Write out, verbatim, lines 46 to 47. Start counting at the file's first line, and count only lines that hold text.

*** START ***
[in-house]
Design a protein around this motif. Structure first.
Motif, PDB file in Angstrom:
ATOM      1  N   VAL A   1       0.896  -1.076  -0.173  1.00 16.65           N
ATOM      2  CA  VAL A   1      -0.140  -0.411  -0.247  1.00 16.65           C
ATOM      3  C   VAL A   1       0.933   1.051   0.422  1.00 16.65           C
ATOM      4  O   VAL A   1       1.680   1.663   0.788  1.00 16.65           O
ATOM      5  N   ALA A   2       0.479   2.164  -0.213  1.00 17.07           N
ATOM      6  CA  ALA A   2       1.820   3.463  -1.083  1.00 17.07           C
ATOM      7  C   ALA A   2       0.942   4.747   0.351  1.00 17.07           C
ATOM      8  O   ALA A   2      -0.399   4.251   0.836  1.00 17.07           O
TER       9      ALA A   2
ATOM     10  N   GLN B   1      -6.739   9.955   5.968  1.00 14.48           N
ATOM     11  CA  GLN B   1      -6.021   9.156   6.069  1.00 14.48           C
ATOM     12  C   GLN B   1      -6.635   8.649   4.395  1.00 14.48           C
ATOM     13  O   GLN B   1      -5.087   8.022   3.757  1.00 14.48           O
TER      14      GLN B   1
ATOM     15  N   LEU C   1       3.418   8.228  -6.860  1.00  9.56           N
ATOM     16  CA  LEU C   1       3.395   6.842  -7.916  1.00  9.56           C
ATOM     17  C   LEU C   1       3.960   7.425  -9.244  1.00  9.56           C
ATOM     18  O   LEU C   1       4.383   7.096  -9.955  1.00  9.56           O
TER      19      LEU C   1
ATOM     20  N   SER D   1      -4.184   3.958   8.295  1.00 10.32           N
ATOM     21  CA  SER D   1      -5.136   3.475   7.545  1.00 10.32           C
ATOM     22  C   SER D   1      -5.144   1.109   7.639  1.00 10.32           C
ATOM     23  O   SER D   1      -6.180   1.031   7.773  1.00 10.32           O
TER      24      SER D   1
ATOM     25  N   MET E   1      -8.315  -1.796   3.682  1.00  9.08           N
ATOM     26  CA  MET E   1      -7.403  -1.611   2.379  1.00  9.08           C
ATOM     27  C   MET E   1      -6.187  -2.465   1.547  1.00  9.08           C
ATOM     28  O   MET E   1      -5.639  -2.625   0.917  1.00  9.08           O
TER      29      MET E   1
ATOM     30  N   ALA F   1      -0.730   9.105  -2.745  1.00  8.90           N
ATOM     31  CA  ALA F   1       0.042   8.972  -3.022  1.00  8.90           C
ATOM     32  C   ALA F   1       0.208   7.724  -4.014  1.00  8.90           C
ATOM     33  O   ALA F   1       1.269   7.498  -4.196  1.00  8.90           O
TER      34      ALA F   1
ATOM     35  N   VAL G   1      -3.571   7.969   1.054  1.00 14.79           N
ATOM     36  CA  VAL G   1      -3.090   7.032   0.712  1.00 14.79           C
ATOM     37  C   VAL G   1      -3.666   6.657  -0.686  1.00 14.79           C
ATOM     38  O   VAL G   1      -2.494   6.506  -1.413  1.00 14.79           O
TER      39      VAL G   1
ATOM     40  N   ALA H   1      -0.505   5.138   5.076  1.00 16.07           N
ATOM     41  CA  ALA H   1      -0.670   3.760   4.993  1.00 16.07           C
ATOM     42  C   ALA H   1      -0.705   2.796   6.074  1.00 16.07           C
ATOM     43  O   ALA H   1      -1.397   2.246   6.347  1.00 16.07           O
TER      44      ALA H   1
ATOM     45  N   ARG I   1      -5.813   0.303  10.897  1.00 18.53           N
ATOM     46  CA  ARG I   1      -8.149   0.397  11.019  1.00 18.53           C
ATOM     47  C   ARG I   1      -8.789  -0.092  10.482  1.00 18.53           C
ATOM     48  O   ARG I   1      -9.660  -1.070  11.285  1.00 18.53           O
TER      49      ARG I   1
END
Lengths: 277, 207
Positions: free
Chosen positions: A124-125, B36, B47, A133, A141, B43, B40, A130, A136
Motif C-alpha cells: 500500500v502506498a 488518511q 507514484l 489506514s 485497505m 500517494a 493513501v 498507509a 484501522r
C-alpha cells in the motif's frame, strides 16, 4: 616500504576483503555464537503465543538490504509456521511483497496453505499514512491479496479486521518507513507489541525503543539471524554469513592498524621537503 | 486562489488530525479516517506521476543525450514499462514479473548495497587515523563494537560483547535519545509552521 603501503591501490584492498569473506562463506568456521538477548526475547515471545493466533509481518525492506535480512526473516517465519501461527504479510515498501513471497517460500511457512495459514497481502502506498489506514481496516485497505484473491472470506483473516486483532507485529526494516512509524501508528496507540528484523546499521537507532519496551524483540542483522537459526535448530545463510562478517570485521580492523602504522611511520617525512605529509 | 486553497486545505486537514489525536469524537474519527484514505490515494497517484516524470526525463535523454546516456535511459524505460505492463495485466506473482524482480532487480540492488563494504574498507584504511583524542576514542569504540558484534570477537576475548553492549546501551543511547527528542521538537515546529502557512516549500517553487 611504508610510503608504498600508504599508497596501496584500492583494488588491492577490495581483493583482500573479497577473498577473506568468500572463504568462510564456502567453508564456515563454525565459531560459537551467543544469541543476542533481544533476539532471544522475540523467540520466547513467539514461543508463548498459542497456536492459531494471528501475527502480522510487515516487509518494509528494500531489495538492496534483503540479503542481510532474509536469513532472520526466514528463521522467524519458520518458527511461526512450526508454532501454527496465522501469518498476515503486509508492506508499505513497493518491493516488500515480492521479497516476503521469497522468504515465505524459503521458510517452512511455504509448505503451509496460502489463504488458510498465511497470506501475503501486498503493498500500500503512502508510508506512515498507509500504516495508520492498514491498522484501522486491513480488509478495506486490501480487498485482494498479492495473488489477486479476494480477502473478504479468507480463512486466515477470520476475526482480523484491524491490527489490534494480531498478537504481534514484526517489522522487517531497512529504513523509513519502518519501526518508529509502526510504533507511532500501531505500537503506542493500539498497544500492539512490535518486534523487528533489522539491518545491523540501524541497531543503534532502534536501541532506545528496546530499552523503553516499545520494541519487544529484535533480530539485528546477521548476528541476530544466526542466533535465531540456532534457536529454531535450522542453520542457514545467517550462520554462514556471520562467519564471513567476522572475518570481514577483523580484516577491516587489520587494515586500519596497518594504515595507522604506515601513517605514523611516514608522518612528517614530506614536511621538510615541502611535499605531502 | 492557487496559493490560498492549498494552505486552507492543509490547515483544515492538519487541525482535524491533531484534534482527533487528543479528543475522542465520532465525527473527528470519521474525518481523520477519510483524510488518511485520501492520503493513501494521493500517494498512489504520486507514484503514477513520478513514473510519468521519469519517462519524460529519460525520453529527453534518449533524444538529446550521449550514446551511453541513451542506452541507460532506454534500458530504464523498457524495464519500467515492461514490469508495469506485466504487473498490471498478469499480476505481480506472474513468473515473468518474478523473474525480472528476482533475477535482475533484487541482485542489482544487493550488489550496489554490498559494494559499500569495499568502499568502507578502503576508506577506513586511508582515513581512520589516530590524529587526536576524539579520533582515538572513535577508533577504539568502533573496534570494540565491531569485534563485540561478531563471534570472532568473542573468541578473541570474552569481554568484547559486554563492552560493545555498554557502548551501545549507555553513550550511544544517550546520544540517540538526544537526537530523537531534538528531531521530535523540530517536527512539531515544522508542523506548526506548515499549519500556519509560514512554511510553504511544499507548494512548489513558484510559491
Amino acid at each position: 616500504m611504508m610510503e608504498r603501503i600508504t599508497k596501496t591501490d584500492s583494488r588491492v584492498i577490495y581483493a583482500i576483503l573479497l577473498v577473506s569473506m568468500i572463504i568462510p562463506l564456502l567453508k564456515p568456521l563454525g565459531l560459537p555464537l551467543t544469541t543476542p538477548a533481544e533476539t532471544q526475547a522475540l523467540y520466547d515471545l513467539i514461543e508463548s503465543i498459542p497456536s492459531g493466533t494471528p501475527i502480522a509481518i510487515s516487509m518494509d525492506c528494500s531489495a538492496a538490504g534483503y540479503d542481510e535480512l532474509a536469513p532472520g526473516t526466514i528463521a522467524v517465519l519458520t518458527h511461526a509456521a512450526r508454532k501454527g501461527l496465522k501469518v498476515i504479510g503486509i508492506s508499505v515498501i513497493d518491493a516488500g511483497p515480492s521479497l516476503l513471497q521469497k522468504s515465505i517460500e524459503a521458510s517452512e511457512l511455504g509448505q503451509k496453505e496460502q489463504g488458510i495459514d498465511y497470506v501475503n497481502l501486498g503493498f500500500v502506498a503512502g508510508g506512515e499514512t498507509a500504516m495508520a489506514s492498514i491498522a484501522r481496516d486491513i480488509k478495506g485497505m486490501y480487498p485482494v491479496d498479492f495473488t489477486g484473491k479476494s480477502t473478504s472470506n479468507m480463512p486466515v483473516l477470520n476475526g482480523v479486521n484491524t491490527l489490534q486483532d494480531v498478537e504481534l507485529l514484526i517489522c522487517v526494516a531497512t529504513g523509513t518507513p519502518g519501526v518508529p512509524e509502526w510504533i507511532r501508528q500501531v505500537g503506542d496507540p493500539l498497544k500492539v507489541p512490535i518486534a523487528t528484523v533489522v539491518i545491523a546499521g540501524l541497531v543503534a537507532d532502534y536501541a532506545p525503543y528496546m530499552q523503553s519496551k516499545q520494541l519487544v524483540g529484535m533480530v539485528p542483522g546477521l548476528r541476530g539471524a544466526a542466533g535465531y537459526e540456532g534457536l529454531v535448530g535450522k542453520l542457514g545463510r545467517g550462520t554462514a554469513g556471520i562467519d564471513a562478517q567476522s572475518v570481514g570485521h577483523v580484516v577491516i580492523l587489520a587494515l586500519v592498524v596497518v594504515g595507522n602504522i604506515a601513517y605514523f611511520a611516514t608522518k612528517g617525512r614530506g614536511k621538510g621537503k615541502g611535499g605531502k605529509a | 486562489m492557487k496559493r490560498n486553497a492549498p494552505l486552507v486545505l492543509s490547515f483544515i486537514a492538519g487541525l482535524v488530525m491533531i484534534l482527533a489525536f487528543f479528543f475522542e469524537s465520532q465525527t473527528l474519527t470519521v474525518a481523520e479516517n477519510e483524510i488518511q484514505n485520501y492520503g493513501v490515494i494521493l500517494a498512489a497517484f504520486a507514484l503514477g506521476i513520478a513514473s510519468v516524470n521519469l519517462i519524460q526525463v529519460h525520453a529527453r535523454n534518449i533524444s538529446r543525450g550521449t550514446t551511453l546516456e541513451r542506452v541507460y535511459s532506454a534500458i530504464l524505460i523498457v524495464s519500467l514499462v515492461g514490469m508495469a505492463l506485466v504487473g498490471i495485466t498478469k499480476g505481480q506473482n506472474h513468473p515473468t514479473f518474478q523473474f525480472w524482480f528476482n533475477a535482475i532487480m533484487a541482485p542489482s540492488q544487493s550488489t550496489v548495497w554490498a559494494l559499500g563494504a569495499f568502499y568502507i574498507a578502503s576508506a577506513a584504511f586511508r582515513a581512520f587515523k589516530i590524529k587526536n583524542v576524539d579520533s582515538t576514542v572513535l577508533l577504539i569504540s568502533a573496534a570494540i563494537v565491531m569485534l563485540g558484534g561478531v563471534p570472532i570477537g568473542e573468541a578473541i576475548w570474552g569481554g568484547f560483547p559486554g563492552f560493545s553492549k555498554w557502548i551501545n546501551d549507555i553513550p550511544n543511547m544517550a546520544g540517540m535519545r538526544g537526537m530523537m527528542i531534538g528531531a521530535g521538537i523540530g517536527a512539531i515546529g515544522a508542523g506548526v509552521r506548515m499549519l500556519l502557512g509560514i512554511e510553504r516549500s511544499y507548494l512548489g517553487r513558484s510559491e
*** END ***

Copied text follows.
ATOM     43  O   ALA H   1      -1.397   2.246   6.347  1.00 16.07           O
TER      44      ALA H   1